This week we looked at the flipped classroom – the new method of teaching that, simply put, has the students watch the lectures at home and do application of problems and projects in class with the teacher.
As part of our assignment to explore the different styles of the flipped classroom through our assignment on TED ED, I explored the blog, User Generated Education and more specifically, the post, A Flipped Classroom Model: A Full Picture. The post takes the reader through the theories behind the flipped classroom and explains how it fits in educational theorists like John Dewey and allows for higher level thinking, as outlined in Bloom’s Taxonomy. According to the blog’s author, Dr. Jackie Gerstein, though it is coined “flipped classroom” the actual method “is really a cycle of learning model.” She adds that it is the fear of teachers teaching in the unknown and knowing how to make it work effectively keeps the flipped classroom from becoming the new norm. And to keep it from becoming another fad, she emphasizes the effective part and the need to make it fit into the larger educational picture, like the philosophies of education and learning which we follow from Dewey and Bloom.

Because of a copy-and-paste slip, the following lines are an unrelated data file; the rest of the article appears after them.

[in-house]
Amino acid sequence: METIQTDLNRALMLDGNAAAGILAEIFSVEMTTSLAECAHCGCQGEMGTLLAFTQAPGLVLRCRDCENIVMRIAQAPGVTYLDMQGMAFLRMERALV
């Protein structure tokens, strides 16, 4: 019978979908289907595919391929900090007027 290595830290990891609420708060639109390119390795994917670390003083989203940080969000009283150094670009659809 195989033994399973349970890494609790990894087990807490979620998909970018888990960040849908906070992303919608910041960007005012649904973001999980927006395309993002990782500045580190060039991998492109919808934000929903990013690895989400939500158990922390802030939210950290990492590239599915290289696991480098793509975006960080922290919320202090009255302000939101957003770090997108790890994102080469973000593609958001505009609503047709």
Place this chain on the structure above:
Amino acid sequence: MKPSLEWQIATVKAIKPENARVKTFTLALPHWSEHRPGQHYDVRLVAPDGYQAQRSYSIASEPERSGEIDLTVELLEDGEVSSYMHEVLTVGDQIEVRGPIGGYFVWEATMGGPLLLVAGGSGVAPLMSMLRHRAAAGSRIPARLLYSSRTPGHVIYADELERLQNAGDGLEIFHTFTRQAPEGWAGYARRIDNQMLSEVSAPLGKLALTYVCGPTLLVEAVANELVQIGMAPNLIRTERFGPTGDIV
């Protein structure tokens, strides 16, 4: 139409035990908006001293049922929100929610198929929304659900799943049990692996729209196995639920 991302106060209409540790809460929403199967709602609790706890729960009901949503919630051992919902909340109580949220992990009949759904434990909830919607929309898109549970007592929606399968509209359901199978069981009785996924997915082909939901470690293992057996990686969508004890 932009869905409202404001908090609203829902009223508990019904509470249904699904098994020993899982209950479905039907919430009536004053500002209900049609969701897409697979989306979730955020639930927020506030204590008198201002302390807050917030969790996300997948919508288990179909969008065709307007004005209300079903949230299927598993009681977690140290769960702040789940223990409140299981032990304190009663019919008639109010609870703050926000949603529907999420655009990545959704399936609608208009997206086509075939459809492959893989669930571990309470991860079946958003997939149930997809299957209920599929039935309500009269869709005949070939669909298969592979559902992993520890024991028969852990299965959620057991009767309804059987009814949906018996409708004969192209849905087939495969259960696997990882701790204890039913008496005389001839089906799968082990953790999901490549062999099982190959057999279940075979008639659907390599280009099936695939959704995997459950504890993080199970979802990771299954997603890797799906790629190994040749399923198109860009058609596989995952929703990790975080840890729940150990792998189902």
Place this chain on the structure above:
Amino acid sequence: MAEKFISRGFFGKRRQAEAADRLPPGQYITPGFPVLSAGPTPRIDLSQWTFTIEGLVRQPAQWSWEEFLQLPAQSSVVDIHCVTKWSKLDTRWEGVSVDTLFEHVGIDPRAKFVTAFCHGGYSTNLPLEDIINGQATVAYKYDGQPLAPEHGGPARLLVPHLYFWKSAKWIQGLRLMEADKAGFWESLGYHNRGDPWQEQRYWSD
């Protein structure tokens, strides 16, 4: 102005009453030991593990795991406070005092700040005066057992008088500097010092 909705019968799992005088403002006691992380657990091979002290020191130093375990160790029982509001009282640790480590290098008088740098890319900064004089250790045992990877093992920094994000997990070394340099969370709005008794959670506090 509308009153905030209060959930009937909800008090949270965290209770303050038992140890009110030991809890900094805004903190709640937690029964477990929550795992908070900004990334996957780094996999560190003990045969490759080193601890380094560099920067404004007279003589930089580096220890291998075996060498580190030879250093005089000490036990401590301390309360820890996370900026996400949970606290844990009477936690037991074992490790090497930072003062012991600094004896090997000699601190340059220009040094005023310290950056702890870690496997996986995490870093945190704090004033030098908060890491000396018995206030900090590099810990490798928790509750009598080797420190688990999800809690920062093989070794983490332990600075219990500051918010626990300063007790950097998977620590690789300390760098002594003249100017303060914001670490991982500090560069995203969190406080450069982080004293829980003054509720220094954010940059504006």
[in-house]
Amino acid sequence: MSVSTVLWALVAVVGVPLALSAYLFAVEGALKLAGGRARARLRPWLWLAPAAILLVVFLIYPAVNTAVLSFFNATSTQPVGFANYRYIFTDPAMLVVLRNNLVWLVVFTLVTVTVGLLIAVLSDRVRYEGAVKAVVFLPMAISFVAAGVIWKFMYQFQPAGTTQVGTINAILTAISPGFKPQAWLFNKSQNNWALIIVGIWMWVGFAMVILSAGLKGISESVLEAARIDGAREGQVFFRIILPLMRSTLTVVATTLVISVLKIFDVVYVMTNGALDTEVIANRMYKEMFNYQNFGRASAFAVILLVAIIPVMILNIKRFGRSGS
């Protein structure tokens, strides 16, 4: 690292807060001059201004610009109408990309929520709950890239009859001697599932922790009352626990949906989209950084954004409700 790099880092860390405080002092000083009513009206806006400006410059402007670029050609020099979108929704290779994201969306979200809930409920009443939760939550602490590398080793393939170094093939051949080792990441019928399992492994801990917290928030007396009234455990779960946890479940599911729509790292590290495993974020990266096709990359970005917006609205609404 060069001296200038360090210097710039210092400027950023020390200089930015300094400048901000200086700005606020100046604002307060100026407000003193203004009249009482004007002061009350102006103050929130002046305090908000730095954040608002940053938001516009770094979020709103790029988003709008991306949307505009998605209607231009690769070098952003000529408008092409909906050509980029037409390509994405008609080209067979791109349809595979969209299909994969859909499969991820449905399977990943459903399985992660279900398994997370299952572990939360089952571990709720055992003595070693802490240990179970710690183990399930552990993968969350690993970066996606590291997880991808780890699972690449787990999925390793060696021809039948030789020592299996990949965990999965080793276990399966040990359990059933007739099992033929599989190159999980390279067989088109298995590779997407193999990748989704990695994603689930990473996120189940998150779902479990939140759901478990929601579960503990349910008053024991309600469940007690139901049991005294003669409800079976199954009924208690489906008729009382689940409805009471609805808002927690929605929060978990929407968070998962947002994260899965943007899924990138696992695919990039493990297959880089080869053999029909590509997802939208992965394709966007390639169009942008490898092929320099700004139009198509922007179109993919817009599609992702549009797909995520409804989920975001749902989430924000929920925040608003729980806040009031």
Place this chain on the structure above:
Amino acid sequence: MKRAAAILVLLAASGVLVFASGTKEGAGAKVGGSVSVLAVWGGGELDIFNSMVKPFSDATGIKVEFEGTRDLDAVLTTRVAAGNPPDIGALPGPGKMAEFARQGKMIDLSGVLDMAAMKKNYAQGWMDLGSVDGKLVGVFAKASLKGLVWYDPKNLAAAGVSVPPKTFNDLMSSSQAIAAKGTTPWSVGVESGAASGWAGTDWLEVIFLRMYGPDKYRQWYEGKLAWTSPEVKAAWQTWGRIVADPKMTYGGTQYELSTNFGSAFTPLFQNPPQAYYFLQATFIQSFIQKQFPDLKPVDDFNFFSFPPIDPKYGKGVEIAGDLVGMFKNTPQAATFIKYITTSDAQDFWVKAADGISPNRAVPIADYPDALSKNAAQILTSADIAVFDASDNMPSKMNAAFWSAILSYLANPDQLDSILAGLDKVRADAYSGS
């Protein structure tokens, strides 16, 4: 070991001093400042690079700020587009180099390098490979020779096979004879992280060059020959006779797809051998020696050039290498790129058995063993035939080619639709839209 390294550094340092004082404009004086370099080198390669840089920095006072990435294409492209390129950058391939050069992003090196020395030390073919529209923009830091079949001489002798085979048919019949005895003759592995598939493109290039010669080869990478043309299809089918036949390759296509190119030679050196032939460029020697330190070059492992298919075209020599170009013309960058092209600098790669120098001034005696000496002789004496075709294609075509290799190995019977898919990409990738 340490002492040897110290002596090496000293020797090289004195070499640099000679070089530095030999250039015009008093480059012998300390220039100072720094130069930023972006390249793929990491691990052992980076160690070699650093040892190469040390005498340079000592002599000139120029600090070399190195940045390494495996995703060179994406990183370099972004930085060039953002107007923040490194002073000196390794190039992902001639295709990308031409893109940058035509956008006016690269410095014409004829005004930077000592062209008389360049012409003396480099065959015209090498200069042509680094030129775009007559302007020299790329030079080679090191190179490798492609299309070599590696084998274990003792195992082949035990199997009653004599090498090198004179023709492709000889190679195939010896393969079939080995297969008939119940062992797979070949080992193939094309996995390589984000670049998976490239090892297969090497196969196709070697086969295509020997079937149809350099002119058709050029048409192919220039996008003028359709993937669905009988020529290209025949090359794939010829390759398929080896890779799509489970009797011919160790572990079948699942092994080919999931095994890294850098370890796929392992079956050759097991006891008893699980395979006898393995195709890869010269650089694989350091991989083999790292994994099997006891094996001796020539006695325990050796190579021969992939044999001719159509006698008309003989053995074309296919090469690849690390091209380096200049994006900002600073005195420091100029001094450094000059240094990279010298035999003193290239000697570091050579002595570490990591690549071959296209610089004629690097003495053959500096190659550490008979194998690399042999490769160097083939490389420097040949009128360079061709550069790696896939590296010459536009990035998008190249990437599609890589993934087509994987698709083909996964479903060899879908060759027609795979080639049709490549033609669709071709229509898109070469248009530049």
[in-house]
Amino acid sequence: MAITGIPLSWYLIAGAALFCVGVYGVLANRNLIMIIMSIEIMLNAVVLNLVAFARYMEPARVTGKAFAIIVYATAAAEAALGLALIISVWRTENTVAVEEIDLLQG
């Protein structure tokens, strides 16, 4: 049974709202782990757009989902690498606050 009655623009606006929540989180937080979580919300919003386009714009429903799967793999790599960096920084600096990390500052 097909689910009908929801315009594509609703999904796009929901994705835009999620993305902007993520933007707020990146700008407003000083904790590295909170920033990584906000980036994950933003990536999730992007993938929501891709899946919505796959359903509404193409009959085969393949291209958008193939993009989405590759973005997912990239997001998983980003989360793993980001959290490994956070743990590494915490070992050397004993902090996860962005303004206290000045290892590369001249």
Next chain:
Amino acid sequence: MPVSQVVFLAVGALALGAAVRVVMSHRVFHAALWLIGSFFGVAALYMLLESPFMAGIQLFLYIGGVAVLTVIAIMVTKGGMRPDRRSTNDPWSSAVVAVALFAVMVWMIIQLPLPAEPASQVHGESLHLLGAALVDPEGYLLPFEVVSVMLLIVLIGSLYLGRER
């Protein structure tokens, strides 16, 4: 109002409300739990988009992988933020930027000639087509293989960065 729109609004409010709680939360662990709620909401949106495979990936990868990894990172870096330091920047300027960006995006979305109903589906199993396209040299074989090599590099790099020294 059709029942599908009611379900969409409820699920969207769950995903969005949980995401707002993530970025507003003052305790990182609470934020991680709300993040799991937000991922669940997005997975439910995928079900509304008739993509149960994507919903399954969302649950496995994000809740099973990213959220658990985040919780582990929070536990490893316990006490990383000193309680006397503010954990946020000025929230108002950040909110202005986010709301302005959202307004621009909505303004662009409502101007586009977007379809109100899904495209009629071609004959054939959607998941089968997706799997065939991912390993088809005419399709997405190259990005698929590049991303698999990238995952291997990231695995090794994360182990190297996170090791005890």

In addition to adding an interesting perspective to the idea of the flipped classroom, this post was chuck-full of links to so many other sources that I couldn’t read my browser tabs anymore. (Okay, so I did have a few others open for other things as well, but still there was a lot of information offered.) Rather than simply describe the method, Gerstein shows us resources that can help us apply these methods to our own classroom. Overall, I thought this was a very helpful blog for better understanding not just the idea of a flipped classroom, but also the application of a flipped classroom.